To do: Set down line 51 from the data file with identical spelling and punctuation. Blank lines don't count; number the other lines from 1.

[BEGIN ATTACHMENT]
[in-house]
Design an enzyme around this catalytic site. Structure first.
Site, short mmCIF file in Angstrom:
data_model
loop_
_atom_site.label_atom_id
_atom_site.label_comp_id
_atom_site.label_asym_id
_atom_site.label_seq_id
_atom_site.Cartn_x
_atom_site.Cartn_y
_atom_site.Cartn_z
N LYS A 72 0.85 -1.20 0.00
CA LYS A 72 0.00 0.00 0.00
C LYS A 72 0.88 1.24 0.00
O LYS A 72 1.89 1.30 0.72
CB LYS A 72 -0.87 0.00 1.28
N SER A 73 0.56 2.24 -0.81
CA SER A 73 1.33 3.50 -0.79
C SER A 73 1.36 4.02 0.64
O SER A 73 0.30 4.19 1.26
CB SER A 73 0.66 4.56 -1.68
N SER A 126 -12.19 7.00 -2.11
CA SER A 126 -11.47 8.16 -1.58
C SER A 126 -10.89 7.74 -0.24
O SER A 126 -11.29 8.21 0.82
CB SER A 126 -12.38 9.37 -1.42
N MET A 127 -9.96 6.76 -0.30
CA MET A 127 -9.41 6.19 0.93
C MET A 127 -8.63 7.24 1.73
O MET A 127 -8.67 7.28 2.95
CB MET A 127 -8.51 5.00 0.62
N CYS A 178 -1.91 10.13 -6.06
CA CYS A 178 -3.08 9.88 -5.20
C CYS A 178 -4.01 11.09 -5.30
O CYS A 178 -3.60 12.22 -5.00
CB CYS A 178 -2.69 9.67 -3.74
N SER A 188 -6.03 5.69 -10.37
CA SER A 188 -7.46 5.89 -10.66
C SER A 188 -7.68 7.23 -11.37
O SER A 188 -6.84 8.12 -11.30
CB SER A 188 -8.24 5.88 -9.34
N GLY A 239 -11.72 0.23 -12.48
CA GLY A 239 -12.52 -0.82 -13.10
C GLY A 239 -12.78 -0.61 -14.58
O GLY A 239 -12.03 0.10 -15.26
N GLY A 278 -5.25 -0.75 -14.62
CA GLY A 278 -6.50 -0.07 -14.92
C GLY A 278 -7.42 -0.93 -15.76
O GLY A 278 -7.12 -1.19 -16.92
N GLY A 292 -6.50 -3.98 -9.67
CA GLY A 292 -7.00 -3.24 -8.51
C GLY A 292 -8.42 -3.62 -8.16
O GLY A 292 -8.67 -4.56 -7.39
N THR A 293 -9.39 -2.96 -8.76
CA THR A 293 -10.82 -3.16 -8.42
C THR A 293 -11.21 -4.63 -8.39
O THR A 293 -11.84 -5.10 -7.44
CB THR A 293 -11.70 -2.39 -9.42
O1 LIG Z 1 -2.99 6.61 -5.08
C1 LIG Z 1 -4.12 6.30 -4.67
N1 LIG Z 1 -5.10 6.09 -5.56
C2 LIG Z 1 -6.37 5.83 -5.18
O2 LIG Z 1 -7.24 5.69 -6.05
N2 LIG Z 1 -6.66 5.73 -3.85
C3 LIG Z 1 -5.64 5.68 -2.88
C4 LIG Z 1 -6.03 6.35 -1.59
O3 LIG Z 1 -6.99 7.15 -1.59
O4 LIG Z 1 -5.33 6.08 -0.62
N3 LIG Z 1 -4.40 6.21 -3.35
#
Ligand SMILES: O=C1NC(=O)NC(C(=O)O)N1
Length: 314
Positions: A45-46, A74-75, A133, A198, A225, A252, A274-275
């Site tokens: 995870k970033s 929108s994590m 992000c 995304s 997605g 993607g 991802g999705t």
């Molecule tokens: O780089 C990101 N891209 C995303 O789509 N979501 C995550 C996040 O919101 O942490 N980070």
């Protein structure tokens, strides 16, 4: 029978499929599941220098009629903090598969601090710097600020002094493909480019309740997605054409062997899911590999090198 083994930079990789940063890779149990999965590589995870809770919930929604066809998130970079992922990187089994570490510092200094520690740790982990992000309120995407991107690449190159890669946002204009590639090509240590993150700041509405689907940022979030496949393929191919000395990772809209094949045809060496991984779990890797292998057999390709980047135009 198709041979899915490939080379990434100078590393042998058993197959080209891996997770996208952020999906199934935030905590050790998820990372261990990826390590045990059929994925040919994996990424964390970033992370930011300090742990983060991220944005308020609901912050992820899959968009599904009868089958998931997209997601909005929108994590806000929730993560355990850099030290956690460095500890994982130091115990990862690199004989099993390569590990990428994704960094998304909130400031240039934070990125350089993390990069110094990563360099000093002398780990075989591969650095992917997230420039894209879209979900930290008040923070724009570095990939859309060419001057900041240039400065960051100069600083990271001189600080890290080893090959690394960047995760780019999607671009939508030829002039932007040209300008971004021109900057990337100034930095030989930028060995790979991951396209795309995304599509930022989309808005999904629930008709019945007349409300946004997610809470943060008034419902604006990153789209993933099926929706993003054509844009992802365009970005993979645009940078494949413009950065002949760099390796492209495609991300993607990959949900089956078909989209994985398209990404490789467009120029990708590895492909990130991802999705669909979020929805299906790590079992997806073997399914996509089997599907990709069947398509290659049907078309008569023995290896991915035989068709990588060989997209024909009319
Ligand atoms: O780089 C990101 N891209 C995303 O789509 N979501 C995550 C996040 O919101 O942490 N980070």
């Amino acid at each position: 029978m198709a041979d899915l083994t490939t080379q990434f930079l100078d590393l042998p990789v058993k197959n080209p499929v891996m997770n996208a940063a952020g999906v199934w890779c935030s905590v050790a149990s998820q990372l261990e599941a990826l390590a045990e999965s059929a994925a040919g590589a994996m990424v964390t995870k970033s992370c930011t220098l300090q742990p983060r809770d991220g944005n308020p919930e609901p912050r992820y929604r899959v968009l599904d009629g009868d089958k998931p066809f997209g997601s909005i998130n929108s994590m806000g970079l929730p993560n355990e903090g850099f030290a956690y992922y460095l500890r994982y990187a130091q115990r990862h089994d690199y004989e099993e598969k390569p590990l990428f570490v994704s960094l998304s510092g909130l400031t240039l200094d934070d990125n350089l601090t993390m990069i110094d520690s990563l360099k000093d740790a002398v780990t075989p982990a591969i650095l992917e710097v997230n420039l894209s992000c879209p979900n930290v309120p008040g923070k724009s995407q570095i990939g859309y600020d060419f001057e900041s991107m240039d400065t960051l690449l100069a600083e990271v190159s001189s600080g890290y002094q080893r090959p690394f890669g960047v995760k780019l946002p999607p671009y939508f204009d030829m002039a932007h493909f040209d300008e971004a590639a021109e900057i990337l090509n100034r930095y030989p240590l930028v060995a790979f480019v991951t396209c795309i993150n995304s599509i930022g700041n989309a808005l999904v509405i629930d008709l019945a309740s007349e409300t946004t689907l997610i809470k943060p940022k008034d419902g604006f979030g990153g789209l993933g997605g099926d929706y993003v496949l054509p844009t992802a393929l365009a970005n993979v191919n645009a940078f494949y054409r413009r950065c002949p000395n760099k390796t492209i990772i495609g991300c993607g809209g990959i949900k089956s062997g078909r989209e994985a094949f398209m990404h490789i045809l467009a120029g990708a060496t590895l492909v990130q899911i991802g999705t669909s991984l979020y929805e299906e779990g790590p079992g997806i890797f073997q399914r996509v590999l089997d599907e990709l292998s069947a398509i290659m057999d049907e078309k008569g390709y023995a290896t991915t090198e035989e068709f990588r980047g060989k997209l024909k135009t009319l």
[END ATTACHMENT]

N GLY A 292 -6.50 -3.98 -9.67